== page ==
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PostPosted: Fri Jun 07, 2013 12:00 pm 
Dirt Disciple
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Joined: Sun May 19, 2013 5:51 pm
Posts: 46
Location: Seaford, East Sussex
Bought this Orange P7 on ebay a few weeks ago, and was apparently all fine until I realised I had to drop the seat as was too high for me.

Unbeknown to me, or apparently the seller, the alloy seat post is properly corroded into the P7's steel tubing.

I have tried all known methods: basic turning of the post impossible; more forcefull approach with a vice also failed, even my bike shop was unable to make it move even half a mm; leave soaking in decent penetrating oil; pour in Coke plugging all holes with plasticine, use combo of heat and cold, general swearing and shouting, more brute force attempts etc.

Only thing didn't try was ammonia or Caustic Soda, although I did buy a bottle mostly because there is simply no cavity/space for any liquids to penetrate , so decided to leave these till the last stage which is cutting.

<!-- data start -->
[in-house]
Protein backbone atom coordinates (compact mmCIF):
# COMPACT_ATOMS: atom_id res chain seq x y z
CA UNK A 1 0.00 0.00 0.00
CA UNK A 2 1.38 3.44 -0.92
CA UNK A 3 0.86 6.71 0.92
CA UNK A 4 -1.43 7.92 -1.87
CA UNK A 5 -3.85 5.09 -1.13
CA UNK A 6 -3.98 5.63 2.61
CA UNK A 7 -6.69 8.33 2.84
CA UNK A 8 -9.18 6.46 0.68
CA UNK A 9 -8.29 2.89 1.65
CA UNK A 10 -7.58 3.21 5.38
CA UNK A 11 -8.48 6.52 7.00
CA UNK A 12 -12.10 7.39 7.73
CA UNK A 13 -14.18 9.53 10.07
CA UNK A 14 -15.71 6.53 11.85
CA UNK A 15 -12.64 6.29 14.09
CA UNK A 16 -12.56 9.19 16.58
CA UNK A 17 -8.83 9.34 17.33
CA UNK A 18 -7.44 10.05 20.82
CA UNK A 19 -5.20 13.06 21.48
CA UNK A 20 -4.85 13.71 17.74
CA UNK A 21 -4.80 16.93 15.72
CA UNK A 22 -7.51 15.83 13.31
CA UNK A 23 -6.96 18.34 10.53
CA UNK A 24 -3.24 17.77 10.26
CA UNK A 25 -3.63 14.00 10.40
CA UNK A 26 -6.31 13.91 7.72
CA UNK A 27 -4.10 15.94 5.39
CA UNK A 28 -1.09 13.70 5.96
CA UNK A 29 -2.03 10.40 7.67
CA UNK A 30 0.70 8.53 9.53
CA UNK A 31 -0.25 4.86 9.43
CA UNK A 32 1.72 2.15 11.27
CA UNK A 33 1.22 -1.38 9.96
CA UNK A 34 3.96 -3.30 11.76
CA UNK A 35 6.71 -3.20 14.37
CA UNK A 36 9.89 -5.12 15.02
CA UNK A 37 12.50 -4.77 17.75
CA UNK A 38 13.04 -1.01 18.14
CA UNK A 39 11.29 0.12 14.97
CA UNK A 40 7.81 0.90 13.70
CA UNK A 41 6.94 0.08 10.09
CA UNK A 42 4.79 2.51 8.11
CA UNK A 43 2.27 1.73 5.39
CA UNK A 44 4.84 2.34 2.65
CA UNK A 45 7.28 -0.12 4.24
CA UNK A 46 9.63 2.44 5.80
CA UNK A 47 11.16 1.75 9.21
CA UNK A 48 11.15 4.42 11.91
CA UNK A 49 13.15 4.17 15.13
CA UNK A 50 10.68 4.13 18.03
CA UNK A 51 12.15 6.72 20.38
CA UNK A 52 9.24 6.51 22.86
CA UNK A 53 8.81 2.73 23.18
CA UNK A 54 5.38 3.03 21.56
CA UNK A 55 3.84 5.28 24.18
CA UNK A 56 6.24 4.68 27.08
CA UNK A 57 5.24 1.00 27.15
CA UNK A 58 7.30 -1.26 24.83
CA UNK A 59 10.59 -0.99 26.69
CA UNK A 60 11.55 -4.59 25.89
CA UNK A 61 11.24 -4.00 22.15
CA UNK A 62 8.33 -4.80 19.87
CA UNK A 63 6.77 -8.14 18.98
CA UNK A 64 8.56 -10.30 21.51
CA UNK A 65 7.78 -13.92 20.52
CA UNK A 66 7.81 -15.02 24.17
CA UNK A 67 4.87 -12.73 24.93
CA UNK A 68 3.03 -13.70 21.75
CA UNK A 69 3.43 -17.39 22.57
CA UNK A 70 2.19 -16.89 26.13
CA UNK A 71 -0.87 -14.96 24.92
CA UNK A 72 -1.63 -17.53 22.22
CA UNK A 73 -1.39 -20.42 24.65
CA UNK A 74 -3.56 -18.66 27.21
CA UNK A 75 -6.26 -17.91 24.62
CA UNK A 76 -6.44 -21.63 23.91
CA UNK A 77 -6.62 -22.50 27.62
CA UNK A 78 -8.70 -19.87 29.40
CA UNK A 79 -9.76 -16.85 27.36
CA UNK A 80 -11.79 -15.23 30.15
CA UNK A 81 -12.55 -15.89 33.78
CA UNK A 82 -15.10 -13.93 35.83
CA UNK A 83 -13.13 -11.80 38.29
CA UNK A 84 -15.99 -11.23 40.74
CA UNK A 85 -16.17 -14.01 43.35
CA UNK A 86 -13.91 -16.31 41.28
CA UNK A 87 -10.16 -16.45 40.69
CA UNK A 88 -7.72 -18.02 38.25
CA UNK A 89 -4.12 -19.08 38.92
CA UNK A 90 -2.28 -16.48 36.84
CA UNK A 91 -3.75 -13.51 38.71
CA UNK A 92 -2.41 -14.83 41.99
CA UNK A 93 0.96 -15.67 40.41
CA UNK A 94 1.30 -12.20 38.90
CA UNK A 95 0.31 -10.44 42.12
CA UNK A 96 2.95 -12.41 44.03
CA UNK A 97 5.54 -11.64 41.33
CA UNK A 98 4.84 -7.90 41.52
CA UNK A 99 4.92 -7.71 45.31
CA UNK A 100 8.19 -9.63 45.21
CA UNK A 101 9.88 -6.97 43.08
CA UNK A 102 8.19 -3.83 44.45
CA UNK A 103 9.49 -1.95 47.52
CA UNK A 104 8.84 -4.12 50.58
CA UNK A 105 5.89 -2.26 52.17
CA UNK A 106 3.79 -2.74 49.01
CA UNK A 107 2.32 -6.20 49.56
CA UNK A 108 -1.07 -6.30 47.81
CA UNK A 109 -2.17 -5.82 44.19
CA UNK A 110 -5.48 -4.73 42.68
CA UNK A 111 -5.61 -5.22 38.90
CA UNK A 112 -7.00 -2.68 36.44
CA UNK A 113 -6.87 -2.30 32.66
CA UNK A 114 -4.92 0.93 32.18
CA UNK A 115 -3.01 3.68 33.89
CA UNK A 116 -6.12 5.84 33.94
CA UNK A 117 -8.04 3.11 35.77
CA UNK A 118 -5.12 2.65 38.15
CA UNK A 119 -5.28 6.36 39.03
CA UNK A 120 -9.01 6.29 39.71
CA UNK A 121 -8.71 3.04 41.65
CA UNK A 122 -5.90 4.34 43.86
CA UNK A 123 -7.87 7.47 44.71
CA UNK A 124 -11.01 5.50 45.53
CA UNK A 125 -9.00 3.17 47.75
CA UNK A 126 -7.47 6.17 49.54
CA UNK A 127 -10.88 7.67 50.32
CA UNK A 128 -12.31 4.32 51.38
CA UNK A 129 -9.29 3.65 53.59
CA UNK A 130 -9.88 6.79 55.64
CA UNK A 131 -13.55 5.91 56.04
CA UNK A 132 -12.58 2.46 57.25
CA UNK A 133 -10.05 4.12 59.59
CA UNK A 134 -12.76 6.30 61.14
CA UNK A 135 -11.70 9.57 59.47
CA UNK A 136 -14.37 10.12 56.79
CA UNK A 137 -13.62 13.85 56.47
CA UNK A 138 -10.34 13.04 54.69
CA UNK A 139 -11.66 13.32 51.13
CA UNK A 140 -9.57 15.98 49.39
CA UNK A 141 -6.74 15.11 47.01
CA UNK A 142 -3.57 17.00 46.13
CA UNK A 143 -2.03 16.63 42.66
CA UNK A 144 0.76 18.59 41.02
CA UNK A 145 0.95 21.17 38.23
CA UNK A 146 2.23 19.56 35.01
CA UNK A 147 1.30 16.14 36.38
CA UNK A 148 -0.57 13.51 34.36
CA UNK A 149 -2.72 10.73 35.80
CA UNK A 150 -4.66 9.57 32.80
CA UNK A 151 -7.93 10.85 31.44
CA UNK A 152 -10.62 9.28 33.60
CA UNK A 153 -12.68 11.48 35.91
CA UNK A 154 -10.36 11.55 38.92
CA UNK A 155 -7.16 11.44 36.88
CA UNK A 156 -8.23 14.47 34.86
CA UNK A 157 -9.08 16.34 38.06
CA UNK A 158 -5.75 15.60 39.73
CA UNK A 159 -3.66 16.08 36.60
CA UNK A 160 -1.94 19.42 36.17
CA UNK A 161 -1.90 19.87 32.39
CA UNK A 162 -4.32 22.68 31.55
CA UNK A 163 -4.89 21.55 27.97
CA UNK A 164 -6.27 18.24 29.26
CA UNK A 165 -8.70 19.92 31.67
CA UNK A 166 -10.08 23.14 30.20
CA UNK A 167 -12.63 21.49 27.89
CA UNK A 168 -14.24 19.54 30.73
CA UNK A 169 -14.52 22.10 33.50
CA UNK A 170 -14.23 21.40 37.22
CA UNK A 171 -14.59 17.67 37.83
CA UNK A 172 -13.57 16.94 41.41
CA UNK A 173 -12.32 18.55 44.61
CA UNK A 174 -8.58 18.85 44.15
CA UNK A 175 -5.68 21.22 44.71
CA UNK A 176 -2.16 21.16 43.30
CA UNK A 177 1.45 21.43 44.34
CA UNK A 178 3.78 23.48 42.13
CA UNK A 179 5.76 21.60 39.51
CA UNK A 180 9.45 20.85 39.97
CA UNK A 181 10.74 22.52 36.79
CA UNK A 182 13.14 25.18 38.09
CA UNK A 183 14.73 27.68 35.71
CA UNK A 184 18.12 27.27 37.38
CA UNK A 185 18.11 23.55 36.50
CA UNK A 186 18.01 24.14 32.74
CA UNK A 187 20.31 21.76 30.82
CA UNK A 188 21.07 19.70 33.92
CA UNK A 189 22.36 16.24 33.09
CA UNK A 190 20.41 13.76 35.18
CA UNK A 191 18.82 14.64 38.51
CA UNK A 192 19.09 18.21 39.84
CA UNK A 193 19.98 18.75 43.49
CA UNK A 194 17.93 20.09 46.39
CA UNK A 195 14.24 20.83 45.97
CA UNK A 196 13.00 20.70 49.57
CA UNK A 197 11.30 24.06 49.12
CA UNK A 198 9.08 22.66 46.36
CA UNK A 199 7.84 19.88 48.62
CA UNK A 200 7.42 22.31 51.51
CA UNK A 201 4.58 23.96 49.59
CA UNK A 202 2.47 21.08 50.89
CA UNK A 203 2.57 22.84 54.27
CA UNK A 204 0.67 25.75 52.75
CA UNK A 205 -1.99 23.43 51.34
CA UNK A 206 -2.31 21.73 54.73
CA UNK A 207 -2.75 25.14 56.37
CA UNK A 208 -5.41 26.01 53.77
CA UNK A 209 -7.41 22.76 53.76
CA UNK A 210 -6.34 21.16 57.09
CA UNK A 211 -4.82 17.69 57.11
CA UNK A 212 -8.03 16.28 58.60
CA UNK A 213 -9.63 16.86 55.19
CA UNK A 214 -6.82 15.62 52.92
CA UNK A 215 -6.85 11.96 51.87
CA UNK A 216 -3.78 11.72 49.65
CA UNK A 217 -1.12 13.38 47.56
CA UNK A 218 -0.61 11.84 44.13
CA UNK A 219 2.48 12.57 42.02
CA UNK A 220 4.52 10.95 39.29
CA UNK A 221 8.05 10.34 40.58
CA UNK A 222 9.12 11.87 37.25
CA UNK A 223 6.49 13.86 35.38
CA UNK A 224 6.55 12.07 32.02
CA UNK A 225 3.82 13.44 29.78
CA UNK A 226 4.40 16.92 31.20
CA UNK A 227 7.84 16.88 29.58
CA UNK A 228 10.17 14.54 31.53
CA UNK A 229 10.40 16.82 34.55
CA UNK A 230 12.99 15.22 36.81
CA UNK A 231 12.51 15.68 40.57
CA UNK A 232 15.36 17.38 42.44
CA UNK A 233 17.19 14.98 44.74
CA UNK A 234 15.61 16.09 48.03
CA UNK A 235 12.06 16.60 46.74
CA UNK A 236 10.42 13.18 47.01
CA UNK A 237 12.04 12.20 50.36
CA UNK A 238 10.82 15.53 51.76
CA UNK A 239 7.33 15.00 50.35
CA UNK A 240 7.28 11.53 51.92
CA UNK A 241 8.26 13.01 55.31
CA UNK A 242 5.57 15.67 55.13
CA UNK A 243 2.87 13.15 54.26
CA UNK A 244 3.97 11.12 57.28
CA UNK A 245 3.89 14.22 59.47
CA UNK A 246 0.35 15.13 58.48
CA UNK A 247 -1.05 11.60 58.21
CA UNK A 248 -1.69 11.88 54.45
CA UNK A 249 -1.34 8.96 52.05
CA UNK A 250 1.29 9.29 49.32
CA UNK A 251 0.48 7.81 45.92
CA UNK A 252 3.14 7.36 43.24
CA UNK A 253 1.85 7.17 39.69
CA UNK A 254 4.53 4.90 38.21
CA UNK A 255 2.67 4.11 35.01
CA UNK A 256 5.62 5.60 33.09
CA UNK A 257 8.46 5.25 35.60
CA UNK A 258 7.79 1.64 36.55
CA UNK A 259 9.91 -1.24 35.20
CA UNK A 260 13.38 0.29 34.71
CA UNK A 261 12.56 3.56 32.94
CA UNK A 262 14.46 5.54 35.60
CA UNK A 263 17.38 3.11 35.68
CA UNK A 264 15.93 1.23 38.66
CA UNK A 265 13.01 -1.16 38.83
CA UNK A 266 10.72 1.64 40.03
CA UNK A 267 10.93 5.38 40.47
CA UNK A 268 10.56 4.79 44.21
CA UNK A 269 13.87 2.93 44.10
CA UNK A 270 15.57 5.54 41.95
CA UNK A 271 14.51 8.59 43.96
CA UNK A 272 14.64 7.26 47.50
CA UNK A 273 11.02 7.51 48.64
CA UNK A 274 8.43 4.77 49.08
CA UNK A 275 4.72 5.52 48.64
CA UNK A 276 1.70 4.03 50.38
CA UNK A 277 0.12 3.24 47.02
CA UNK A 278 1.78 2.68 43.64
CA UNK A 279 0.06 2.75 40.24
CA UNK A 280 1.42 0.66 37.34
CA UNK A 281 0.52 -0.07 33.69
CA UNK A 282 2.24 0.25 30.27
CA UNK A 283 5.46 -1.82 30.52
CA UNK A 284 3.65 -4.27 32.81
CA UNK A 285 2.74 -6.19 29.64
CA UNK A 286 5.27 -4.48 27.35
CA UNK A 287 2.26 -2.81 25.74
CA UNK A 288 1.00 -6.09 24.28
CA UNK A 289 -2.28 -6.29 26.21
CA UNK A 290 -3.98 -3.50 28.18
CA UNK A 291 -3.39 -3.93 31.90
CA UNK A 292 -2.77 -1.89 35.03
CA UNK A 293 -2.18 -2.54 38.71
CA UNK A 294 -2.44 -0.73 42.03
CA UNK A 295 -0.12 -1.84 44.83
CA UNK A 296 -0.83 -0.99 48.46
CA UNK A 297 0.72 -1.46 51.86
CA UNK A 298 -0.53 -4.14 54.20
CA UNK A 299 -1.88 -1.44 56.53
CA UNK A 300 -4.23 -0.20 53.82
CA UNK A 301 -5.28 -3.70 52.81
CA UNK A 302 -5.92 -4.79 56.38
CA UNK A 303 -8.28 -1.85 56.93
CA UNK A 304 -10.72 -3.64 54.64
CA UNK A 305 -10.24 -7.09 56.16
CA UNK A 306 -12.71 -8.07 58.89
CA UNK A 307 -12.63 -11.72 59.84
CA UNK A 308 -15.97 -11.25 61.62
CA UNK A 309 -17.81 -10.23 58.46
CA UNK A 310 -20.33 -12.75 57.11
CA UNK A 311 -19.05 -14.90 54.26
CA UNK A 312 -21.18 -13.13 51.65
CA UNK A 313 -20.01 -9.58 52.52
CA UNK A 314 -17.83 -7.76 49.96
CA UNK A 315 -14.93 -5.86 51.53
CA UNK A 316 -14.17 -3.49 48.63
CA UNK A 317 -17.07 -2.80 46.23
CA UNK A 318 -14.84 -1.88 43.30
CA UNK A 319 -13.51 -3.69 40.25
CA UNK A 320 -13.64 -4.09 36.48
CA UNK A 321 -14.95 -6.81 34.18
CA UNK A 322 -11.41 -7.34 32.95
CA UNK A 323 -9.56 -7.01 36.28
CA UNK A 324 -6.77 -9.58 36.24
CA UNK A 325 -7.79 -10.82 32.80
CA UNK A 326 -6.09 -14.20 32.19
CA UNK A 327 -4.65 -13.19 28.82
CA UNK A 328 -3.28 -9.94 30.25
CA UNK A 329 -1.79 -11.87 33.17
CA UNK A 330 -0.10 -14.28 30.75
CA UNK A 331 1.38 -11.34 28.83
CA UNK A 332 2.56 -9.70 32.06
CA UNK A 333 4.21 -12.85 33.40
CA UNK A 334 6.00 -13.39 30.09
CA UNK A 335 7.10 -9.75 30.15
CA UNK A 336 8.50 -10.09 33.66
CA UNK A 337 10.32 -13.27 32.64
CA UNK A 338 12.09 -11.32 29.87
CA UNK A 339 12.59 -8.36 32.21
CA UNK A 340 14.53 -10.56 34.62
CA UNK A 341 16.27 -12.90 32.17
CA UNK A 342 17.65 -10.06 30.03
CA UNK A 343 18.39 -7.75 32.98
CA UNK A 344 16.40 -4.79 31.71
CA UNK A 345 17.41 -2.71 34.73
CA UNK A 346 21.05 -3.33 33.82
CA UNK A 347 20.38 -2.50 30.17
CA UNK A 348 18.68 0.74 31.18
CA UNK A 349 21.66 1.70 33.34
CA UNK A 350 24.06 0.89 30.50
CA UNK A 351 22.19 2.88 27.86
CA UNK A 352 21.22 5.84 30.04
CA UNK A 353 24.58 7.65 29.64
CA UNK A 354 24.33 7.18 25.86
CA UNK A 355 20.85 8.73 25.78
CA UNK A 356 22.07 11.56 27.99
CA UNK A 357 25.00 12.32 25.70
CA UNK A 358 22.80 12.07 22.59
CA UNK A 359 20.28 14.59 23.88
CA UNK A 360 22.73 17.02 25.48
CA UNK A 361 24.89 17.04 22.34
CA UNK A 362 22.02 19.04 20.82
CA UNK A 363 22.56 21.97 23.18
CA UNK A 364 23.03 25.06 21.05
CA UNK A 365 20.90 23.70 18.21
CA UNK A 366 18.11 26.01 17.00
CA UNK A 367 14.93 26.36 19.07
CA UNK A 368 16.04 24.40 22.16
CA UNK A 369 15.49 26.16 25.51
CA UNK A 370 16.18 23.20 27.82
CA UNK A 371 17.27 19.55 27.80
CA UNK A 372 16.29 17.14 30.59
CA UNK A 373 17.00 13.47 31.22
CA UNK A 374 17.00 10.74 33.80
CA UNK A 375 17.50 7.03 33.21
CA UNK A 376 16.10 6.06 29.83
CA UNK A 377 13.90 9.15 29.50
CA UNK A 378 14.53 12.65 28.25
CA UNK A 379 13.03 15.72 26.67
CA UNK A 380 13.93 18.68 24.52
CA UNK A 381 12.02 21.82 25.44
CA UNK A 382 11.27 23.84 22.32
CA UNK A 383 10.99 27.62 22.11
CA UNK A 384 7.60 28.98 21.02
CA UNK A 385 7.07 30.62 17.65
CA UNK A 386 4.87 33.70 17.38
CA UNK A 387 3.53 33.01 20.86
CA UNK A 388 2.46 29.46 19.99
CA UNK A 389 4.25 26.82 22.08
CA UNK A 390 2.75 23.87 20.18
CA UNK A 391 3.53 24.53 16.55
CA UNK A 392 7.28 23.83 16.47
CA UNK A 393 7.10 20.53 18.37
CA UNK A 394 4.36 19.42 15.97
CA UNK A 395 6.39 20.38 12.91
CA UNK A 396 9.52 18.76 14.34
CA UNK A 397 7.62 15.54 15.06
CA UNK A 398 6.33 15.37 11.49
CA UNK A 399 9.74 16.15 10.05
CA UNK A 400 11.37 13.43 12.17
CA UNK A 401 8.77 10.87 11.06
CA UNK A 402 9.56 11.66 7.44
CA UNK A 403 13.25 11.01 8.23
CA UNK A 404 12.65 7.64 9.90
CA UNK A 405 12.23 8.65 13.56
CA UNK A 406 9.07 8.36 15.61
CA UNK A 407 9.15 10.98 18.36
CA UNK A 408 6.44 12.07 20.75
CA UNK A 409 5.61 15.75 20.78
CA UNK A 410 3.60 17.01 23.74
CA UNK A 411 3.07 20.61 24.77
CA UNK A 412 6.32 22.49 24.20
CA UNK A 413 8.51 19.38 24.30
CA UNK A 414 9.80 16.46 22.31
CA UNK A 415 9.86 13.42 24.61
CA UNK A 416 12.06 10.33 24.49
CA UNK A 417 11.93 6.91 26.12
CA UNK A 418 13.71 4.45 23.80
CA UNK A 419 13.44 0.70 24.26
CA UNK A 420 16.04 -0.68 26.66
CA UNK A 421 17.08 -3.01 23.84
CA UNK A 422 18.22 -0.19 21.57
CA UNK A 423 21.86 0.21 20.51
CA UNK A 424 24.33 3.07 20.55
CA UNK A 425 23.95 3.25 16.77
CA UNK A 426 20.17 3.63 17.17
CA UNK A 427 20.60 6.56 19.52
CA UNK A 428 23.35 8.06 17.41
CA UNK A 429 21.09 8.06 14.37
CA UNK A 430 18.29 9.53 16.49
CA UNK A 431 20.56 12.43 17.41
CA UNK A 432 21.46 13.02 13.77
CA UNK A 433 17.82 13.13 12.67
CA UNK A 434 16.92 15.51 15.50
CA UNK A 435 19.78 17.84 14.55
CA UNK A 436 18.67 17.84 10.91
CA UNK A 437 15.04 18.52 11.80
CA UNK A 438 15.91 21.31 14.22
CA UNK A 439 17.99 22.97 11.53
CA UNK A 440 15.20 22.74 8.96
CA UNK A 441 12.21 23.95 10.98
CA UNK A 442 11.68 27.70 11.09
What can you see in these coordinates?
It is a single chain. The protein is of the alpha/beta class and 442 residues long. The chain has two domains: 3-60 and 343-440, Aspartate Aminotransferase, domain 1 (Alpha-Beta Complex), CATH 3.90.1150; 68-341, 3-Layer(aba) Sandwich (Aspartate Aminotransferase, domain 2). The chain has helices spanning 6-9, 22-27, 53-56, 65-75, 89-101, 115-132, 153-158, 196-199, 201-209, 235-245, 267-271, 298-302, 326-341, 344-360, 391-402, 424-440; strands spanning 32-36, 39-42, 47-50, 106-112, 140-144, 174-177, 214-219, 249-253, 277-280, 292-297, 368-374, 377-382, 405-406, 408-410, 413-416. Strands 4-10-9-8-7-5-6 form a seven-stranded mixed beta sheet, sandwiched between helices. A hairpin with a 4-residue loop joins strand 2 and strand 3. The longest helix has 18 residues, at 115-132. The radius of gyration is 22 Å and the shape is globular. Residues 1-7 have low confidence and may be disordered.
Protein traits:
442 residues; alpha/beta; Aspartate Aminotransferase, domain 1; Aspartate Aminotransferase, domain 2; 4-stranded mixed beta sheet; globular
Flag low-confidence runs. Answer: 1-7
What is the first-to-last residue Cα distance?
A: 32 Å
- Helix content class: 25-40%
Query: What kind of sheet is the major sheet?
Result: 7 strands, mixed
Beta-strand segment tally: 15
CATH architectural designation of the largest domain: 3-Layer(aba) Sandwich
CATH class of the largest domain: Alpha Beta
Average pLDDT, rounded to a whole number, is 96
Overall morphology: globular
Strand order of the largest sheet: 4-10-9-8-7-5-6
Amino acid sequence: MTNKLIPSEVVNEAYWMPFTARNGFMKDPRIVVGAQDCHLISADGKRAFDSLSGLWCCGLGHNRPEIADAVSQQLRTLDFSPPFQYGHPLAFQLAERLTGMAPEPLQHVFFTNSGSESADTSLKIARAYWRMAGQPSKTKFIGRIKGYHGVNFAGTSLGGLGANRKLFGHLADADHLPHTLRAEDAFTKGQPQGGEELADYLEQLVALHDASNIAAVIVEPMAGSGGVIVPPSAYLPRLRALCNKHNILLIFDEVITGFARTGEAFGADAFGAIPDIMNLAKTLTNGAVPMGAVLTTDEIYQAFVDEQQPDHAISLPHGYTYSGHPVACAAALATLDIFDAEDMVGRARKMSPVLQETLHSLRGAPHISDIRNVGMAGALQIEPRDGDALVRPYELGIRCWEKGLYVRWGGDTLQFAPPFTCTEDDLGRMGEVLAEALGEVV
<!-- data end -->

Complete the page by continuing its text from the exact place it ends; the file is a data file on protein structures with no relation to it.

And that's where I am now, started off OK, but what you see in the photos literally took 8 hours of sawing and filing just to be able to peel back a few strips from the top. The real mare is that the post is about 5" down into the frame, so regular saw blades proving hard to get and reach the posts end.

I think in time, with more gentle sawing, open up a few more cavities, I can try the Coke and Caustic liquids again. If that fails then it's back to just more time consuming sawing and poking.

A few photographs to show the pain:

Image
Image
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PostPosted: Fri Jun 07, 2013 1:35 pm 
Windmilling for a Scotch Egg
Windmilling for a Scotch Egg
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Joined: Tue Feb 15, 2011 10:27 am
Posts: 4840
Location: Huddersfield, West Yorkshire
Looks like you are being careful with it anyway - keep patient and it'll be sorted out - the sense of joy when it's free and you clean it up and slip a new post in will be worth the pain!


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PostPosted: Fri Jun 07, 2013 1:43 pm 
retrobike rider / Gold Trader
retrobike rider / Gold Trader
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Joined: Sat May 09, 2009 11:46 pm
Posts: 3924